His most creative work according to modern critics is his novel The Fall he used this novel to use a new form of writing that he cam up with. In The Fall, Camus utilized the monologue in order to express the universal egotism of all men. The whole creativity of this work lays in the foundation for the technique which was completely new for the time. Camus was mostly interested in how he expressed his ideas through new techniques. It is in his innovation of form in The Fall where his creativity lie critics say. As Camus defined the truly creative writer, he is who “doubtless always says the same thing, but unceasingly renews the form in which he says it”. In that quote you can see how he has finally mature and developed into the master writer. He finally moved on from just changing his ideals each time but to using new and innovative ways of expressing this ideals in his novels.
In most of his novels we see reoccurring details and events. In almost every work the main character is either an absurd man or world that the book deals with. In The Stranger we deal with Meursault and his odd behaviors and events that lead to his sentence to execution. This was of course achieved because he was the absurd man and the rest of the world could not see why he did the things he did. In The Plague we are put into an absurd world where plague has come to a small town in Algiers and how the small town must cope with this life changing event. Other than the absurd we see other similarities in these works which include the reference and use of Algiers as well as the mother playing a major side role in the plot. In The Stranger the mother’s death is the first major event of the plot and ends up coming up as a major detail later on during the trial. In The Plague Rieux has his mother living with him the entire time and is there for emotional support in his fight against the plague. Through these detail we get to see how Camus liked to use his own life in his works and not make everything fictional. We know that Camus had a strong relationship with his mother because his father died at age one. Also since he spent much of his life dealing with the politics in Algiers and living there he brings those details into his stories as well. We get to see what was truly important to him in life and how he evolved as a writer and incorporated those things into his writing as time went on as well.
Even after writing all of these works he never felt that he was meant to be a writer. He has been quoted as saying that he thought of himself as a man of the theatre not an author. We see how he expresses this when he takes a break from writing between 1951 and 1956 and focused mainly of doing translations and writing plays. He was even responsible for building a theatre which lasted for two years before it was demolished. Regardless of this he is still known as a great author and one of the youngest to win the Nobel Prize for Literature in 1957 just after releasing his book The Fall. Many critics believe that the novel The Fall was a creative revival for him and may have led to his win of the Nobel Prize. Many critics even including himself at the time believed he was not worthy of winning that award and that is should have gone to Andrï¿½ Malraux. He was 44 when he received the reward and felt great pressure to and wondered if he were able to ever write another great novel.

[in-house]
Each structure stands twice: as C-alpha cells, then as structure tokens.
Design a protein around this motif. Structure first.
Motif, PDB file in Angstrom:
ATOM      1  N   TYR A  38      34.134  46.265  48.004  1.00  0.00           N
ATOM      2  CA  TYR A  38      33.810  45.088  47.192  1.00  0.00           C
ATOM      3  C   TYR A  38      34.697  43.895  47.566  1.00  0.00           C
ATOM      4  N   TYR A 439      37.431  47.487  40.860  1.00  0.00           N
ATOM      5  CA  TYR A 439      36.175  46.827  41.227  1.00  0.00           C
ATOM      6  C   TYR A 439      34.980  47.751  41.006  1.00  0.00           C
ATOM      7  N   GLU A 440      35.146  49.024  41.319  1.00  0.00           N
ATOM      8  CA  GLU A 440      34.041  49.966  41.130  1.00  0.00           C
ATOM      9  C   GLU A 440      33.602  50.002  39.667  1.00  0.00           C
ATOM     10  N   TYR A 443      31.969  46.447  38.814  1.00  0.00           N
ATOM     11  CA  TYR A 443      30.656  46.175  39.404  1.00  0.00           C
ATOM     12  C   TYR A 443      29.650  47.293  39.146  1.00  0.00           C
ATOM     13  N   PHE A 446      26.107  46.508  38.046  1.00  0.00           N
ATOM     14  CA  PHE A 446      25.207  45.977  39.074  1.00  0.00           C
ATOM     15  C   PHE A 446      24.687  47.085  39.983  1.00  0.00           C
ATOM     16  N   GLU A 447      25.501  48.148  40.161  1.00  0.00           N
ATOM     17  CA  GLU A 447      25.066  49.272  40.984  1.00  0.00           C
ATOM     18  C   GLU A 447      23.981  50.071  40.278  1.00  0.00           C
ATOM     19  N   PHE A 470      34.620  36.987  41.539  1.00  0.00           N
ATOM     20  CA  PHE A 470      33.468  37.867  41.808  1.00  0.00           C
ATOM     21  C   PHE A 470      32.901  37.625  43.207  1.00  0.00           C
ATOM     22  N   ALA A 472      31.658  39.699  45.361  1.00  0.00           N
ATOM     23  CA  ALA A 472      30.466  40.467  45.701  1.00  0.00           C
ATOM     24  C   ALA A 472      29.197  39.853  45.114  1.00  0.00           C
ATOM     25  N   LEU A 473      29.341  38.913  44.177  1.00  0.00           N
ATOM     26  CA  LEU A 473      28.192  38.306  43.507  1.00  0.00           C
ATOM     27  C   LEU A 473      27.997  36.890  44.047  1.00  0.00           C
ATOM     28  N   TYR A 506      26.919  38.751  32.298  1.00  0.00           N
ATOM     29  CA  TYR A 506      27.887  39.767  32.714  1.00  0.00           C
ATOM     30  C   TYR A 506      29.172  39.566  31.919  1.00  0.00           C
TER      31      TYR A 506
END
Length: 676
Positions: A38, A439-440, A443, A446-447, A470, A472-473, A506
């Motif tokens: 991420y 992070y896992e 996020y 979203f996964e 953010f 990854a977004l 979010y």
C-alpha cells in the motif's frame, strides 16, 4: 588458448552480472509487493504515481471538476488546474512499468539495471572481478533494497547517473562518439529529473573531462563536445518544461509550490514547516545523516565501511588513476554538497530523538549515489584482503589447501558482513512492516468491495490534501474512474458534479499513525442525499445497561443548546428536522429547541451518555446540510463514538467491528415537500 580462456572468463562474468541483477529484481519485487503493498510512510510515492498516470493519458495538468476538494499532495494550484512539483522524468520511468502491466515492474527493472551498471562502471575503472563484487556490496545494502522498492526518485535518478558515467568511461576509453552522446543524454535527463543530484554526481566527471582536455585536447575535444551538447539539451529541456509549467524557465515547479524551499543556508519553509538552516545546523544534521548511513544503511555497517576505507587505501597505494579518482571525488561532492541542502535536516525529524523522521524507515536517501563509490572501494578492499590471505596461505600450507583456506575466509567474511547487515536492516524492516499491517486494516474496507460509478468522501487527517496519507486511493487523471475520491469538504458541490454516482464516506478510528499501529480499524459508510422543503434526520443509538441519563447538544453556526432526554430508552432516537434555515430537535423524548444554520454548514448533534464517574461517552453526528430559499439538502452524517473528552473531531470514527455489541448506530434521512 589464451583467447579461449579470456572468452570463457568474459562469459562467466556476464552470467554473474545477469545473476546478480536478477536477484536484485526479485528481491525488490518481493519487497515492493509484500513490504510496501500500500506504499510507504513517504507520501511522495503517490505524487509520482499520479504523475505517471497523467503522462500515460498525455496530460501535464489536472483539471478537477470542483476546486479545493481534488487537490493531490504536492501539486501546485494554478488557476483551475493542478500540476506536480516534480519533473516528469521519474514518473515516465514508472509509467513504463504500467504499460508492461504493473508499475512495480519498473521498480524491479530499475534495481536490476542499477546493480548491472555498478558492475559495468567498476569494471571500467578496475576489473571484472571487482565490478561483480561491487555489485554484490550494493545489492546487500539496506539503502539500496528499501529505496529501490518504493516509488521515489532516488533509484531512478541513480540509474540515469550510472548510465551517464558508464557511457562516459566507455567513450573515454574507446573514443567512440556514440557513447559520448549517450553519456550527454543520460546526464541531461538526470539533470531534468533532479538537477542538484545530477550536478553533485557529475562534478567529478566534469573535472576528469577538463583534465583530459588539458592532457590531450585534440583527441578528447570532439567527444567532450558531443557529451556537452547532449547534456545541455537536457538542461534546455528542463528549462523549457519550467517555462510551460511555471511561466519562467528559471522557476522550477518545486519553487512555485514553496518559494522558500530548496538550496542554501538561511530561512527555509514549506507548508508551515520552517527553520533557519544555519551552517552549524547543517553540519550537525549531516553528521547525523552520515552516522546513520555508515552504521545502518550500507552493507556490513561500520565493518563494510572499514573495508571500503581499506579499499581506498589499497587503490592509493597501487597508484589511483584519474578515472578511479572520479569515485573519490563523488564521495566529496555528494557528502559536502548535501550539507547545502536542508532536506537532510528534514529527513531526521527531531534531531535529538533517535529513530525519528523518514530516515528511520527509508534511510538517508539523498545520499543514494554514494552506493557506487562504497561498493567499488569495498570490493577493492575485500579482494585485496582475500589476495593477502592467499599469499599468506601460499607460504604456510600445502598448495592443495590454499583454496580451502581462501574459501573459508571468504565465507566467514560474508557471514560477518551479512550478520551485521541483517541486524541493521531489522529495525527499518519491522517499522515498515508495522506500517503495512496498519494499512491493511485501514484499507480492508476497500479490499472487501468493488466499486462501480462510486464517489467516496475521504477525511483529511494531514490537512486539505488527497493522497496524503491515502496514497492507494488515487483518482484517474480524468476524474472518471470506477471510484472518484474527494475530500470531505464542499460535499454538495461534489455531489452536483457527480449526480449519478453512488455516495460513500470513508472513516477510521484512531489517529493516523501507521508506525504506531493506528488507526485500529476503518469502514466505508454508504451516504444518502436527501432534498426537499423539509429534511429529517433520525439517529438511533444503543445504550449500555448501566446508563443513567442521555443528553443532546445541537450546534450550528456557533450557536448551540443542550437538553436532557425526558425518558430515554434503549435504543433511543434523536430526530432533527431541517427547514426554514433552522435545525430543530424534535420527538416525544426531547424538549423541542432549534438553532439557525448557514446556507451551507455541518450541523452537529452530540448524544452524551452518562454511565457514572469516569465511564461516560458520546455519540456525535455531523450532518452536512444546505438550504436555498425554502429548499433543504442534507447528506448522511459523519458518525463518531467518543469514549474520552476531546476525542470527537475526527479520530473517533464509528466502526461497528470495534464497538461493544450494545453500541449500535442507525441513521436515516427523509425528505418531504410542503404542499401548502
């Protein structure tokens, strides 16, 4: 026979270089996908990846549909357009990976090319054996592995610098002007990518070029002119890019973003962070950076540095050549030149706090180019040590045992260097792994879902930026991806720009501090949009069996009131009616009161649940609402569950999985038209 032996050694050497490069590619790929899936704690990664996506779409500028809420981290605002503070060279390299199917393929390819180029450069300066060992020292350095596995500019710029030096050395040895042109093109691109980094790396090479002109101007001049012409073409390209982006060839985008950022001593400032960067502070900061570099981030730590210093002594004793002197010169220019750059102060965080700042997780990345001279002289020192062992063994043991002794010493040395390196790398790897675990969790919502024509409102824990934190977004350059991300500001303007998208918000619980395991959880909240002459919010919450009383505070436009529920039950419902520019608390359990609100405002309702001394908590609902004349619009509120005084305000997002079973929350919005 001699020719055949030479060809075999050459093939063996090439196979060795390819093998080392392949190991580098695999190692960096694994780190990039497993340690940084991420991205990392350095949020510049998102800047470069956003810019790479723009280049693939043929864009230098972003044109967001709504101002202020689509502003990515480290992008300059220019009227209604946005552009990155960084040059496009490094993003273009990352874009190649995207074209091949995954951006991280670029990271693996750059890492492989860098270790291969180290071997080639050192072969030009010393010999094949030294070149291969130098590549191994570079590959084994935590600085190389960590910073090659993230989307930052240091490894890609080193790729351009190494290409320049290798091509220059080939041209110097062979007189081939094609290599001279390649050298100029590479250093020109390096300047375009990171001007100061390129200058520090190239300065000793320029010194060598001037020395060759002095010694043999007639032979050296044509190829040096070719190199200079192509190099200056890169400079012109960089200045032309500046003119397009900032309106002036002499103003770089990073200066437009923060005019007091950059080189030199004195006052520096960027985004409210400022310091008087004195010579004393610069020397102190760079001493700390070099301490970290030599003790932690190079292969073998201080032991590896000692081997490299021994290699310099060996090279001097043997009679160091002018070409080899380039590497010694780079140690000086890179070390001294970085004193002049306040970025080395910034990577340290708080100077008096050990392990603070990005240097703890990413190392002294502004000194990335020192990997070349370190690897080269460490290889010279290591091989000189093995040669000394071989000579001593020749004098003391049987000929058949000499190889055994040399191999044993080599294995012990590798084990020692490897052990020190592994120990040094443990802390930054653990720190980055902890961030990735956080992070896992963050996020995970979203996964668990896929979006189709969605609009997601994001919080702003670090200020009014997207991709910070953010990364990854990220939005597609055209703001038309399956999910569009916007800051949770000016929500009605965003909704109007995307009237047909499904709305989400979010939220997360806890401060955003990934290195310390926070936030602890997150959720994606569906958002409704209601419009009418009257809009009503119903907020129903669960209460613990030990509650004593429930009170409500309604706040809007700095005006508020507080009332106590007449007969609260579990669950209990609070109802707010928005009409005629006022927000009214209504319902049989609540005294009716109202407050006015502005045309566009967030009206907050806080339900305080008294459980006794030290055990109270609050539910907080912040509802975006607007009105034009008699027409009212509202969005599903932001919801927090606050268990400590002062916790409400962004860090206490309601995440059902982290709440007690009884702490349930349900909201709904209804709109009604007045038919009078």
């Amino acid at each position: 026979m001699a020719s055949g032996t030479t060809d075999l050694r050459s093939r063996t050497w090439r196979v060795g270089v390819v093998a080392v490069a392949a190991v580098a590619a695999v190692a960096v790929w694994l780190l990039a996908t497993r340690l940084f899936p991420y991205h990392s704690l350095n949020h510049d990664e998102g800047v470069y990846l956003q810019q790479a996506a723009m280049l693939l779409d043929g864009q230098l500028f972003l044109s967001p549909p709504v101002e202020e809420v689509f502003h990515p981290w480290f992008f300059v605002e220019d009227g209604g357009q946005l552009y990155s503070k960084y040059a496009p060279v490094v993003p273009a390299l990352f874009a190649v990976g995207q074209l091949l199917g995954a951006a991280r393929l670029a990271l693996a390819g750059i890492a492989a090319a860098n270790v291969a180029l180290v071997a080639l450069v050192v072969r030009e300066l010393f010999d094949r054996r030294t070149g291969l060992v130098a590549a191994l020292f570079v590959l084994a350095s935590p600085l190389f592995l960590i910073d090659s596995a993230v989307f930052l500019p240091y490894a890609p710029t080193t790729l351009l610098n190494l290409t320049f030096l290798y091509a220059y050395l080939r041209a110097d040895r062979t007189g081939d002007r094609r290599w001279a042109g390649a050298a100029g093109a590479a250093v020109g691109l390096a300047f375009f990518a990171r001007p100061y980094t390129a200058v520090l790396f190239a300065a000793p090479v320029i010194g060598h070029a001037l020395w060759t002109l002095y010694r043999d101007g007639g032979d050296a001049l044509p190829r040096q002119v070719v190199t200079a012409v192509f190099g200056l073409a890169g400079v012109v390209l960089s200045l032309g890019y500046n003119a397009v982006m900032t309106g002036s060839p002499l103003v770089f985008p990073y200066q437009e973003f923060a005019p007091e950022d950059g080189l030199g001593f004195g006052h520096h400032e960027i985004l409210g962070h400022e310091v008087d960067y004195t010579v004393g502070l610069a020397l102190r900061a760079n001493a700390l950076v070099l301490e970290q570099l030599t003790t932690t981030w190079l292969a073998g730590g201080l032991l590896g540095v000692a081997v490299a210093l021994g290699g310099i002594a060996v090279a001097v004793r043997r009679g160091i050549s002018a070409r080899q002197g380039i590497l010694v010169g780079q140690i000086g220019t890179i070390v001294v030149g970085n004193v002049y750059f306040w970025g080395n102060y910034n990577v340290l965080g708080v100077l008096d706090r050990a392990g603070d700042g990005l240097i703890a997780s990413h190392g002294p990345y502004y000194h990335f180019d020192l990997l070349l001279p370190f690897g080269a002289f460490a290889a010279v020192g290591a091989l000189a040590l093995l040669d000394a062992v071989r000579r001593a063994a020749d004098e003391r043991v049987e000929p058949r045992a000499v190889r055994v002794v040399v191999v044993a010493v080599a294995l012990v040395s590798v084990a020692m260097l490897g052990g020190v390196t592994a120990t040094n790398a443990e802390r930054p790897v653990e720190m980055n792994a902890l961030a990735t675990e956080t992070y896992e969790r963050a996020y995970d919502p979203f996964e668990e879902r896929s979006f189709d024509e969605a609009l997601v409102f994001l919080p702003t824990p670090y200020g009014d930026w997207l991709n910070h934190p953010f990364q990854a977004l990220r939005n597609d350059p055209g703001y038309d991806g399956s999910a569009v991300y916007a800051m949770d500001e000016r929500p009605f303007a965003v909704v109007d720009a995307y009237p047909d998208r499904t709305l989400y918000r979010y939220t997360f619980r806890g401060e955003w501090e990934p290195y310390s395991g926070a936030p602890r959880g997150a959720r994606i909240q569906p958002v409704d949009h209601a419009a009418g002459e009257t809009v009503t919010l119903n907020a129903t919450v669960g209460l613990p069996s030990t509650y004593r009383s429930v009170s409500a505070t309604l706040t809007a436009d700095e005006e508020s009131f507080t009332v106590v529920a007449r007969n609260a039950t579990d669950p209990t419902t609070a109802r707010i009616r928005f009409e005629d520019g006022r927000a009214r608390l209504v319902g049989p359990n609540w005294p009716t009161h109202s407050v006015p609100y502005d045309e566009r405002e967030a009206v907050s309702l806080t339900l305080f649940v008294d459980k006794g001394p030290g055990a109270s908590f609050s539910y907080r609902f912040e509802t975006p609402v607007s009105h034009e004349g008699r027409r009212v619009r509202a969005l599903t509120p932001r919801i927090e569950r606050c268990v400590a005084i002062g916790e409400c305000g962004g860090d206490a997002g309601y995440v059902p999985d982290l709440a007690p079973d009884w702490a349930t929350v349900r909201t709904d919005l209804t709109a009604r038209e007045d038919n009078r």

We can see how his belief that the world is absurd, that we are born by chance, live by encounter and die by accident affected his life. It almost seemed that he thought he had no control and that whatever was meant to happen to him was going to and there was nothing he could really do to stop it. Also the fact that he was killed in a car accident in 1960 at the age of 47 helps to exemplify this because he had commented earlier in life to close friends and family that death by car accident is a most absurd death. Yet in his short life, Camus made exceptional contributions to his field. His writings focused on many unsual topics which he made his own through his writing. His fascination on things such as separation, loneliness, compassion, rebellion and joy in the physical life. His books allowed people to find new ways to live their lives and new philosophies to abide by. Camus is often referred to as a major writer of his time as well as being a forerunner on the thought of the absurd in the twentieth century. He is also referred to in the same sentence as other great authors such as Kafka and Fyodor Dostoevsky. These three authors were leaders of their time and peeled away from the rationalism that was trying to be instilled into the public at the time and were able to break away and come up with their own thoughts. Camus made a significant contribution to our understanding of the absurd and always rejected nihilism as a valid response.